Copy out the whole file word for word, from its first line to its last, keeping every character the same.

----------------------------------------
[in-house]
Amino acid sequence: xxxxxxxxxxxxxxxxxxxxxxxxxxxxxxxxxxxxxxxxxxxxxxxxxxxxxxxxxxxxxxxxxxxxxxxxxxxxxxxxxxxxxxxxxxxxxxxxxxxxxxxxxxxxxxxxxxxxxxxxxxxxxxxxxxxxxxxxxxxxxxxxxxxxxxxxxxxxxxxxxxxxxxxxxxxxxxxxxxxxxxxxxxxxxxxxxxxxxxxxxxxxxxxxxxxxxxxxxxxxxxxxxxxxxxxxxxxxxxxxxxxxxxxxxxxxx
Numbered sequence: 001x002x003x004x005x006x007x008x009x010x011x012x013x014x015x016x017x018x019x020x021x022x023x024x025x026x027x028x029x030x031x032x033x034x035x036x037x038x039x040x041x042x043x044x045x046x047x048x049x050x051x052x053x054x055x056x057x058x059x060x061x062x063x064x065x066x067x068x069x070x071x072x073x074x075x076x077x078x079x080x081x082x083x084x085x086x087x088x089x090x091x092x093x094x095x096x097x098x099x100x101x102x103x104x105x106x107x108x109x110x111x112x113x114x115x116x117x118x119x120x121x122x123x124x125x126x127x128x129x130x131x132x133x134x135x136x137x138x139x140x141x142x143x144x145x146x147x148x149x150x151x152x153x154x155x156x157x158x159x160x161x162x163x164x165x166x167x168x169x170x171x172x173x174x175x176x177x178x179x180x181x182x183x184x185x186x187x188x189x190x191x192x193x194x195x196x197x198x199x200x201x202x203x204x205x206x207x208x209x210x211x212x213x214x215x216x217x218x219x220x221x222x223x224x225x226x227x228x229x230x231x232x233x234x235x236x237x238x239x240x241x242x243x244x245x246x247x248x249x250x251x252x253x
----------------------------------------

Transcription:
[in-house]
Amino acid sequence: xxxxxxxxxxxxxxxxxxxxxxxxxxxxxxxxxxxxxxxxxxxxxxxxxxxxxxxxxxxxxxxxxxxxxxxxxxxxxxxxxxxxxxxxxxxxxxxxxxxxxxxxxxxxxxxxxxxxxxxxxxxxxxxxxxxxxxxxxxxxxxxxxxxxxxxxxxxxxxxxxxxxxxxxxxxxxxxxxxxxxxxxxxxxxxxxxxxxxxxxxxxxxxxxxxxxxxxxxxxxxxxxxxxxxxxxxxxxxxxxxxxxxxxxxxxxx
Numbered sequence: 001x002x003x004x005x006x007x008x009x010x011x012x013x014x015x016x017x018x019x020x021x022x023x024x025x026x027x028x029x030x031x032x033x034x035x036x037x038x039x040x041x042x043x044x045x046x047x048x049x050x051x052x053x054x055x056x057x058x059x060x061x062x063x064x065x066x067x068x069x070x071x072x073x074x075x076x077x078x079x080x081x082x083x084x085x086x087x088x089x090x091x092x093x094x095x096x097x098x099x100x101x102x103x104x105x106x107x108x109x110x111x112x113x114x115x116x117x118x119x120x121x122x123x124x125x126x127x128x129x130x131x132x133x134x135x136x137x138x139x140x141x142x143x144x145x146x147x148x149x150x151x152x153x154x155x156x157x158x159x160x161x162x163x164x165x166x167x168x169x170x171x172x173x174x175x176x177x178x179x180x181x182x183x184x185x186x187x188x189x190x191x192x193x194x195x196x197x198x199x200x201x202x203x204x205x206x207x208x209x210x211x212x213x214x215x216x217x218x219x220x221x222x223x224x225x226x227x228x229x230x231x232x233x234x235x236x237x238x239x240x241x242x243x244x245x246x247x248x249x250x251x252x253x